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Making friends with your ducks.

post #1 of 9
Thread Starter 

I have five ducklings, three Khaki Campbells and two Runners, who are currently seven weeks old. I got them at a feed store when they were two-three weeks old, and they lived in my cousin's barn for a few weeks until I had a space ready for them. Whenever I come within fifty feet of their enclosure, they run and hide from me like I'm Godzilla. I kind of regret not getting them when they were younger, so they could become used to being handled regularly. Any tips for getting your ducklings to warm up to you? I'm not expecting them to become lap ducks, I just want to be able to interact with them without them running for cover as soon as they detect my presence. When I was in middle school, I raised two Rouens and a Pekin from several day old hatchlings, and while they never particularly liked being picked up, they would come to the fence for treats. I would like my ducks to eventually do something like that.

post #2 of 9

Food will be the big equalizer.  Feed them small quantities several times daily rather than feeding them as lib.  When they learn to associate you with food, they will become more social.  Move slowly and talk softly when you are providing feed.

Friends are the family you make for yourself.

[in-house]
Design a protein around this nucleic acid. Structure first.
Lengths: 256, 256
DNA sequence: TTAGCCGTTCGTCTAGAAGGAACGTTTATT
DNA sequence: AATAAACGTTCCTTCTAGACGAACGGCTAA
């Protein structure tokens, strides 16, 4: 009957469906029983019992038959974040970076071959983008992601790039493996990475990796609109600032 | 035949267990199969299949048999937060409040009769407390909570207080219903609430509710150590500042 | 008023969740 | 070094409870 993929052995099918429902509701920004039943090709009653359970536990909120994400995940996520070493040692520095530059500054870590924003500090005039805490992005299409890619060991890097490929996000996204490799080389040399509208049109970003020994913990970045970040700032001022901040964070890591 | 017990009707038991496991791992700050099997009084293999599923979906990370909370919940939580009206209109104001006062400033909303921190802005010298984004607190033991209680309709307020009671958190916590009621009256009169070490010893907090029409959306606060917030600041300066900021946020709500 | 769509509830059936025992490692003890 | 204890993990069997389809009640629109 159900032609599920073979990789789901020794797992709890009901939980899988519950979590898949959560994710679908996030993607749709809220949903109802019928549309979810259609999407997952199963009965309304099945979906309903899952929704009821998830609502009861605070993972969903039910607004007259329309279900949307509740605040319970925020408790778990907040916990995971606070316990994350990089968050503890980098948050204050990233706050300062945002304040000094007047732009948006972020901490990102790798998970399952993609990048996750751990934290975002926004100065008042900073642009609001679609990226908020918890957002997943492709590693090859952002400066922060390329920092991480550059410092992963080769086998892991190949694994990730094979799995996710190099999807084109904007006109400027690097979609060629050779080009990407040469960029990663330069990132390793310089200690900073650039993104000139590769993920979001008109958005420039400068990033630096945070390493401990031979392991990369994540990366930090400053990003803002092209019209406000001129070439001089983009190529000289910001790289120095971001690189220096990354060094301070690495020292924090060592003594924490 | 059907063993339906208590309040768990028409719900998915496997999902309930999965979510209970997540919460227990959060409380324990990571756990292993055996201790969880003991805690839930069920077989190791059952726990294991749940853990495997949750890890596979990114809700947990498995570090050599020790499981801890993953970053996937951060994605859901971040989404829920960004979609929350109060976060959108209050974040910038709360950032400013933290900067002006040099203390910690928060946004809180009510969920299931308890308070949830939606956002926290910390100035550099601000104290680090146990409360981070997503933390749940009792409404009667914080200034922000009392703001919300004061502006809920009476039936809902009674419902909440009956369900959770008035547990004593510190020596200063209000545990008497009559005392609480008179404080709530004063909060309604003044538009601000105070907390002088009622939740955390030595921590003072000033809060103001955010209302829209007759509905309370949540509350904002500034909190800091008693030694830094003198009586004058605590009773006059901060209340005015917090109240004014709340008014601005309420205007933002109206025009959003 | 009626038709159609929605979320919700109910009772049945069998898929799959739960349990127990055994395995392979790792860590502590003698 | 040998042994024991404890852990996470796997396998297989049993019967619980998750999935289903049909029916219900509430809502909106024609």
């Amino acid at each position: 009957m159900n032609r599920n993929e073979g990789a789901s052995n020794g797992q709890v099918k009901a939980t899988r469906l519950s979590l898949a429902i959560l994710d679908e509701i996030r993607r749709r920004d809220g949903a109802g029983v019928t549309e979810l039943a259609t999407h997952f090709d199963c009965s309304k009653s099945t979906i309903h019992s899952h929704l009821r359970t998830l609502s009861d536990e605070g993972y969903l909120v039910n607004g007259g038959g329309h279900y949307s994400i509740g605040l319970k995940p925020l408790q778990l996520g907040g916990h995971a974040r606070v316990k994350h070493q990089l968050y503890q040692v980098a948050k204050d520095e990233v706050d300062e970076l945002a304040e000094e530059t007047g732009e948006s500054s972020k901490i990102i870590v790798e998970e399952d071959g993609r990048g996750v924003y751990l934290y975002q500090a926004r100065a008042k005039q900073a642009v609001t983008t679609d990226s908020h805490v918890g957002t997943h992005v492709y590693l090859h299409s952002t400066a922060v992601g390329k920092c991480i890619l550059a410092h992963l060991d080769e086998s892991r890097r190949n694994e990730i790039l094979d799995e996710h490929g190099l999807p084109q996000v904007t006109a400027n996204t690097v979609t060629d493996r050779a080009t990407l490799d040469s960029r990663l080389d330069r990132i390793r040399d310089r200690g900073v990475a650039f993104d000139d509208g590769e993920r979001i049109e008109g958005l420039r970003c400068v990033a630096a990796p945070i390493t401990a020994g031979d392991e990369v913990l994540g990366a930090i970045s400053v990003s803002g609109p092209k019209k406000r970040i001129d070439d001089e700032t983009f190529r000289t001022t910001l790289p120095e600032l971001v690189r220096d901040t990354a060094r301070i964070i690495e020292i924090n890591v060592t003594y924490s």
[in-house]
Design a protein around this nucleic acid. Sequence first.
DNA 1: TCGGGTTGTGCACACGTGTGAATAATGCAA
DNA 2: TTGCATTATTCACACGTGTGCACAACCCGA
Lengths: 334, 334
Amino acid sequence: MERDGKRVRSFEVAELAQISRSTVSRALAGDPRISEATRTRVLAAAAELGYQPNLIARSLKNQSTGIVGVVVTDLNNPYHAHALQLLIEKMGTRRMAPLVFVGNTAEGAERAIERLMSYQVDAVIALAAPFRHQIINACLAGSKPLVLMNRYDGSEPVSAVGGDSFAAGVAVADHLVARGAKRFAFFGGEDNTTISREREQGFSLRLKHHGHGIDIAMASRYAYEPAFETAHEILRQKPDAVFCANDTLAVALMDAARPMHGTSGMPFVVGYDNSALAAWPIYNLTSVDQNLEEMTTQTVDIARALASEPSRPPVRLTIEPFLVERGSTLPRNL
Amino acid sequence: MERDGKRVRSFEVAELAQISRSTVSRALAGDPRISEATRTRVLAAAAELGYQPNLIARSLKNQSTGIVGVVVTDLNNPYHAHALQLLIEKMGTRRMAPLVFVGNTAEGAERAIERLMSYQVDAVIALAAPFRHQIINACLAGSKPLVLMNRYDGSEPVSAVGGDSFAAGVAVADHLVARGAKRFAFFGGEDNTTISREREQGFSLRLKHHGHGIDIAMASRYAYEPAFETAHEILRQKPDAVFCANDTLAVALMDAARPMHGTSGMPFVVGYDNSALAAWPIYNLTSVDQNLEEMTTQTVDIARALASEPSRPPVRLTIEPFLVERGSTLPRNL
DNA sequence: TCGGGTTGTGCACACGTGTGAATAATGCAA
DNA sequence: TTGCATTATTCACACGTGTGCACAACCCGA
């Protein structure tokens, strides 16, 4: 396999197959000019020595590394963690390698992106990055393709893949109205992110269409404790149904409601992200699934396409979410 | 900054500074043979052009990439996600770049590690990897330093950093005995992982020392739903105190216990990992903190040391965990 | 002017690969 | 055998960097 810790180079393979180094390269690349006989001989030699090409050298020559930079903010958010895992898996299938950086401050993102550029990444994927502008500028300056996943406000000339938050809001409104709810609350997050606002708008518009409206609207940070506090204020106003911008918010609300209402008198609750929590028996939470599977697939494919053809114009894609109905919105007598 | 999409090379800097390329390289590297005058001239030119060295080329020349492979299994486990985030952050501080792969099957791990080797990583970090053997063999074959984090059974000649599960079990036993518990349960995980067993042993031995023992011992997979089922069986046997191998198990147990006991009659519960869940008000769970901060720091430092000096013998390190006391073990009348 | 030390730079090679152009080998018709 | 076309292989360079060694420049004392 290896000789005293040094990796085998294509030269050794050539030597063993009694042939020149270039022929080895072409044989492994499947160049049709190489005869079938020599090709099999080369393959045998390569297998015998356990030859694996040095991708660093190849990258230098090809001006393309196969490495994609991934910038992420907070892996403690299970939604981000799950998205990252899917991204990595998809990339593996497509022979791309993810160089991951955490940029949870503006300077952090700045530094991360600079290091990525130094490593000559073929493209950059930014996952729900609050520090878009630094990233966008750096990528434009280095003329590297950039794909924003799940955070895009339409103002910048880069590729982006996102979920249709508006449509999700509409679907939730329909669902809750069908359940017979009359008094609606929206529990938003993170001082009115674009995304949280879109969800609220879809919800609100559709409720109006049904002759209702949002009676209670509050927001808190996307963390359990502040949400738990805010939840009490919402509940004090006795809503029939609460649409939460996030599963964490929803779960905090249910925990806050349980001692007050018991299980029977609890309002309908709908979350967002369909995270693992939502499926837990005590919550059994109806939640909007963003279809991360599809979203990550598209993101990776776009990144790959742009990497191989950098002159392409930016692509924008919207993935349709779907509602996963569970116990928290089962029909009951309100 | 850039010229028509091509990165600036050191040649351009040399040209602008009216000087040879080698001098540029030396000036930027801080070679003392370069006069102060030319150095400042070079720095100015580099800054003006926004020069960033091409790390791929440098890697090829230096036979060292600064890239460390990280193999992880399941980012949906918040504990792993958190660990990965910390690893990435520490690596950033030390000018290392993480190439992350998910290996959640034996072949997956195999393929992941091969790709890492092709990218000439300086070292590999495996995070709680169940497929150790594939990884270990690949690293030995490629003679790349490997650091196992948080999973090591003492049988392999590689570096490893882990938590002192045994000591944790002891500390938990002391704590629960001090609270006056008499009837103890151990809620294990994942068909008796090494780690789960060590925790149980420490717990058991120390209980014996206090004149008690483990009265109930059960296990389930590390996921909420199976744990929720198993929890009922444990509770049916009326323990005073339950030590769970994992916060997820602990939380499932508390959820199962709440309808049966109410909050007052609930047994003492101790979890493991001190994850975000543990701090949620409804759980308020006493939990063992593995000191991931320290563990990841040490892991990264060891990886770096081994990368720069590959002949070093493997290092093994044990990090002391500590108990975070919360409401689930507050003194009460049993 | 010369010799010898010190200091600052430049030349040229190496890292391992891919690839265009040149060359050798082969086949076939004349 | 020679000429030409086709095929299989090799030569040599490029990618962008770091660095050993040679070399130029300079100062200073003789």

There are no coincidences- only providences.
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Friends are the family you make for yourself.
There are no coincidences- only providences.
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post #3 of 9

X2 what sourland offered.  And think in terms of size.  We're huge compared to a duck.  Intimidating even.  I always sit down near the ducks and dried meal worms are the one thing that gets them the most excited!  I get a red solo cup filled with dried meal worms and just shaking it, brings them running.  I crouch down and let them eat from my hand.  It'll take time but one or two will come around.  And once one of them eats from your hand, the others worn't be far behind.  We have a few who refuse, but I still toss them their fare share so they're not left out.

post #4 of 9
Peas might be the ticket. Never met a duck who can resist peas! Maybe sit by their coop or pen in a chair for 10 minutes a day and pass out peas, be quiet and slow like said above. They may never be "friendly" and want to be picked up, but they will probably learn to tolerate you. I've also found mine to go through this "godzilla" stage until around 12 weeks. I think they're freaked out by the world.
Edited by Kangasox - 5/23/16 at 11:58am
post #5 of 9

I had the same problem with my two terrible toddlers, even when they lived inside with me for 5 weeks.  It's natural instinct for them to freak a bit, but I was more worried about them tripping over there huge feet and hurting themselves :lau

 

I worked with mine and honestly, it only took a few days.  I let them sit on my lap, and even laid on the floor when they were walking around, just so they could get used to my movement.  When I moved them outside, I  would sit either next to the fence where they could see me and talked to them, or I would take a chair into their enclosure and read a book.  Just having me around reassured them I wasn't too bad of a person. 

 

They still flip out every now and then, but they are much better.  They even scream at me if I walk by without saying hello.  :love Oh, and food ALWAYS works!

 

Pepper


Edited by PepperM - 5/23/16 at 1:14pm